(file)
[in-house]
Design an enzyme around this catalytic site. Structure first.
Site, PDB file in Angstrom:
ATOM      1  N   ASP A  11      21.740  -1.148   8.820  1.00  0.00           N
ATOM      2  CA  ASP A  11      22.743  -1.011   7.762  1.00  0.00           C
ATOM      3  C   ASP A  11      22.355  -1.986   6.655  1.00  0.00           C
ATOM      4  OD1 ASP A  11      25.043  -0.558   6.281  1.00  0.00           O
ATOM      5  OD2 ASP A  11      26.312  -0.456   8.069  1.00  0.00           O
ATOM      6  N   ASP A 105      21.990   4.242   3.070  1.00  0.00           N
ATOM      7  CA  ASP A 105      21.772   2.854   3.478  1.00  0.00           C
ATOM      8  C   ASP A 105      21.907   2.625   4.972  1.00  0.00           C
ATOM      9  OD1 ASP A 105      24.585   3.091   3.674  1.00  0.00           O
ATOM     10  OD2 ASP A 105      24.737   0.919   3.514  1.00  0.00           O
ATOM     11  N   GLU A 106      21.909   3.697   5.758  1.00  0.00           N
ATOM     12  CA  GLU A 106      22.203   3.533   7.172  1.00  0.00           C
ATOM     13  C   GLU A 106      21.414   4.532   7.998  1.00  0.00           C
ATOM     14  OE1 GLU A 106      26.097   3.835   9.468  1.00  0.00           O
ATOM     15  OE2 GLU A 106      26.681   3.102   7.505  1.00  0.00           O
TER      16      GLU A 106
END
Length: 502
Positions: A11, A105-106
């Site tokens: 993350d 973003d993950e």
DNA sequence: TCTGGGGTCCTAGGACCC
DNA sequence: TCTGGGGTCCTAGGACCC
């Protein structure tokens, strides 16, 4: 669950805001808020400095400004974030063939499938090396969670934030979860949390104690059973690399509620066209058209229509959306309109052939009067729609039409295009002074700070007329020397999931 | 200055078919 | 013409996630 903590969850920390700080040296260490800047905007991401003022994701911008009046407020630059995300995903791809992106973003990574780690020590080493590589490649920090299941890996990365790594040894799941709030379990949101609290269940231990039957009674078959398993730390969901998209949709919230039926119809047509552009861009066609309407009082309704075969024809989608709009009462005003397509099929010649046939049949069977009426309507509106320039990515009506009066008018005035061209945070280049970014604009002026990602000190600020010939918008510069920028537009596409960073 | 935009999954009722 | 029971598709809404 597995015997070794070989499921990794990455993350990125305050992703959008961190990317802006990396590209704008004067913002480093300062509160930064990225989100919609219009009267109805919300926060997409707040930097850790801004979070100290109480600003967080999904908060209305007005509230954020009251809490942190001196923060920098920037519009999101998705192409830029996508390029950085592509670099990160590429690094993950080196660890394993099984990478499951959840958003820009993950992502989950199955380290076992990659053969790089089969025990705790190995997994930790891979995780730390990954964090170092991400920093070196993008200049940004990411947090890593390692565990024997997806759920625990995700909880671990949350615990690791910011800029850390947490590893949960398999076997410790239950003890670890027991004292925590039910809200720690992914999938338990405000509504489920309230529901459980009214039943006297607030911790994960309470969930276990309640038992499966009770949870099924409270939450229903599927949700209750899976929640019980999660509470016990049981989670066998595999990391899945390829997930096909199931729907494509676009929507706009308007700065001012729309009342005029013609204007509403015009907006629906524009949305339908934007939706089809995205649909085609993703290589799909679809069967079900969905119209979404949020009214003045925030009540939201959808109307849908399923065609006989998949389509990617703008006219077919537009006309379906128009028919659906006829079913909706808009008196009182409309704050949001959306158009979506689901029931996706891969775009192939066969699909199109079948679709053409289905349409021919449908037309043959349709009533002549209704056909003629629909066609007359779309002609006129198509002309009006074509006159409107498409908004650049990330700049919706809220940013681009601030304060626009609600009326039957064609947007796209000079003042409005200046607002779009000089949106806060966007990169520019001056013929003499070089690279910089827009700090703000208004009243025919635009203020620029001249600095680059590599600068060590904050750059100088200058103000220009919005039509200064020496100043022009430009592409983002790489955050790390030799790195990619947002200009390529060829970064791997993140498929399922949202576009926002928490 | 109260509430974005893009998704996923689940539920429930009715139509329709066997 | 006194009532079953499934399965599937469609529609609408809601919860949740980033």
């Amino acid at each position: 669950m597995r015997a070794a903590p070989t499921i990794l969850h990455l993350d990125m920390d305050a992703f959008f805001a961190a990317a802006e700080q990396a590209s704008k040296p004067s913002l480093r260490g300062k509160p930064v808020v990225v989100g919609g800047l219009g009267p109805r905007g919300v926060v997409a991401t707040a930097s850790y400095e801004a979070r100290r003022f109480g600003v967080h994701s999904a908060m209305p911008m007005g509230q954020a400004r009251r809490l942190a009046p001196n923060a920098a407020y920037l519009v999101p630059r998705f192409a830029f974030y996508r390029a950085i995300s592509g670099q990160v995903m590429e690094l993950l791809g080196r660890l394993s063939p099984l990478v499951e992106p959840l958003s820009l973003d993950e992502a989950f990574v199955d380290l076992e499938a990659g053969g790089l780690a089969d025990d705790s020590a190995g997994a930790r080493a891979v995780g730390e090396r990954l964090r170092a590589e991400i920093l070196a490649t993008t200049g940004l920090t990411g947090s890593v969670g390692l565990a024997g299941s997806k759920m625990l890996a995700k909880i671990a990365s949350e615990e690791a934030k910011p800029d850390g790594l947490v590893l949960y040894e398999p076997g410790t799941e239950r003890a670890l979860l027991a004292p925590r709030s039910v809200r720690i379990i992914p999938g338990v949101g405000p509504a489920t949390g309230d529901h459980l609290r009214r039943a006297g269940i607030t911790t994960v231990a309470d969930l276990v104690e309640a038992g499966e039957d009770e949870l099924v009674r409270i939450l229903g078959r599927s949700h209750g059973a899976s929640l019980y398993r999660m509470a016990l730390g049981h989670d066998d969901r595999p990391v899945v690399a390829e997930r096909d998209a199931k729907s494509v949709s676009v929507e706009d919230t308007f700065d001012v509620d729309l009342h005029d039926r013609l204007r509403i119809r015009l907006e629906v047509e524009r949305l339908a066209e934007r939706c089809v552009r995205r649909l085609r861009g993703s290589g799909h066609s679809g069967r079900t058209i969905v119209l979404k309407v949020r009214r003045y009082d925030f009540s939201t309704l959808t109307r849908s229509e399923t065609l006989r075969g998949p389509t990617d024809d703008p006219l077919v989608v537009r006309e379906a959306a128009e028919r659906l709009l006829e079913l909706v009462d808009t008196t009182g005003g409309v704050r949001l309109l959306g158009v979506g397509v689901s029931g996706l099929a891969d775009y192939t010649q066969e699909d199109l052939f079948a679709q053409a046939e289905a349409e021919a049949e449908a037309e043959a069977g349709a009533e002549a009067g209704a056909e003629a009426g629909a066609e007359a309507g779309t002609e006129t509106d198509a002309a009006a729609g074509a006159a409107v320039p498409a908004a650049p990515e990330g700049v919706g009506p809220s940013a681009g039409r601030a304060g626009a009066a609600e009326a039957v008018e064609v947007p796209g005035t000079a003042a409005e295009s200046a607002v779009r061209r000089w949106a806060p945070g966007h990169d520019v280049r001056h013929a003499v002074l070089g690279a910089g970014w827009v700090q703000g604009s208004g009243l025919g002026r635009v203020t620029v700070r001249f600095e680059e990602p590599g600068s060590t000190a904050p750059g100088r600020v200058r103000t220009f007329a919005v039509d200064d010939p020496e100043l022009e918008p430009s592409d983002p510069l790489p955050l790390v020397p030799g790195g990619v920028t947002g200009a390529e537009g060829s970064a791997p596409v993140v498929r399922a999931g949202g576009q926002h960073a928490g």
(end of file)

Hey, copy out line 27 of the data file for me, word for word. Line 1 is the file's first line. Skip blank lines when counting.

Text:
């Amino acid at each position: 669950m597995r015997a070794a903590p070989t499921i990794l969850h990455l993350d990125m920390d305050a992703f959008f805001a961190a990317a802006e700080q990396a590209s704008k040296p004067s913002l480093r260490g300062k509160p930064v808020v990225v989100g919609g800047l219009g009267p109805r905007g919300v926060v997409a991401t707040a930097s850790y400095e801004a979070r100290r003022f109480g600003v967080h994701s999904a908060m209305p911008m007005g509230q954020a400004r009251r809490l942190a009046p001196n923060a920098a407020y920037l519009v999101p630059r998705f192409a830029f974030y996508r390029a950085i995300s592509g670099q990160v995903m590429e690094l993950l791809g080196r660890l394993s063939p099984l990478v499951e992106p959840l958003s820009l973003d993950e992502a989950f990574v199955d380290l076992e499938a990659g053969g790089l780690a089969d025990d705790s020590a190995g997994a930790r080493a891979v995780g730390e090396r990954l964090r170092a590589e991400i920093l070196a490649t993008t200049g940004l920090t990411g947090s890593v969670g390692l565990a024997g299941s997806k759920m625990l890996a995700k909880i671990a990365s949350e615990e690791a934030k910011p800029d850390g790594l947490v590893l949960y040894e398999p076997g410790t799941e239950r003890a670890l979860l027991a004292p925590r709030s039910v809200r720690i379990i992914p999938g338990v949101g405000p509504a489920t949390g309230d529901h459980l609290r009214r039943a006297g269940i607030t911790t994960v231990a309470d969930l276990v104690e309640a038992g499966e039957d009770e949870l099924v009674r409270i939450l229903g078959r599927s949700h209750g059973a899976s929640l019980y398993r999660m509470a016990l730390g049981h989670d066998d969901r595999p990391v899945v690399a390829e997930r096909d998209a199931k729907s494509v949709s676009v929507e706009d919230t308007f700065d001012v509620d729309l009342h005029d039926r013609l204007r509403i119809r015009l907006e629906v047509e524009r949305l339908a066209e934007r939706c089809v552009r995205r649909l085609r861009g993703s290589g799909h066609s679809g069967r079900t058209i969905v119209l979404k309407v949020r009214r003045y009082d925030f009540s939201t309704l959808t109307r849908s229509e399923t065609l006989r075969g998949p389509t990617d024809d703008p006219l077919v989608v537009r006309e379906a959306a128009e028919r659906l709009l006829e079913l909706v009462d808009t008196t009182g005003g409309v704050r949001l309109l959306g158009v979506g397509v689901s029931g996706l099929a891969d775009y192939t010649q066969e699909d199109l052939f079948a679709q053409a046939e289905a349409e021919a049949e449908a037309e043959a069977g349709a009533e002549a009067g209704a056909e003629a009426g629909a066609e007359a309507g779309t002609e006129t509106d198509a002309a009006a729609g074509a006159a409107v320039p498409a908004a650049p990515e990330g700049v919706g009506p809220s940013a681009g039409r601030a304060g626009a009066a609600e009326a039957v008018e064609v947007p796209g005035t000079a003042a409005e295009s200046a607002v779009r061209r000089w949106a806060p945070g966007h990169d520019v280049r001056h013929a003499v002074l070089g690279a910089g970014w827009v700090q703000g604009s208004g009243l025919g002026r635009v203020t620029v700070r001249f600095e680059e990602p590599g600068s060590t000190a904050p750059g100088r600020v200058r103000t220009f007329a919005v039509d200064d010939p020496e100043l022009e918008p430009s592409d983002p510069l790489p955050l790390v020397p030799g790195g990619v920028t947002g200009a390529e537009g060829s970064a791997p596409v993140v498929r399922a999931g949202g576009q926002h960073a928490g």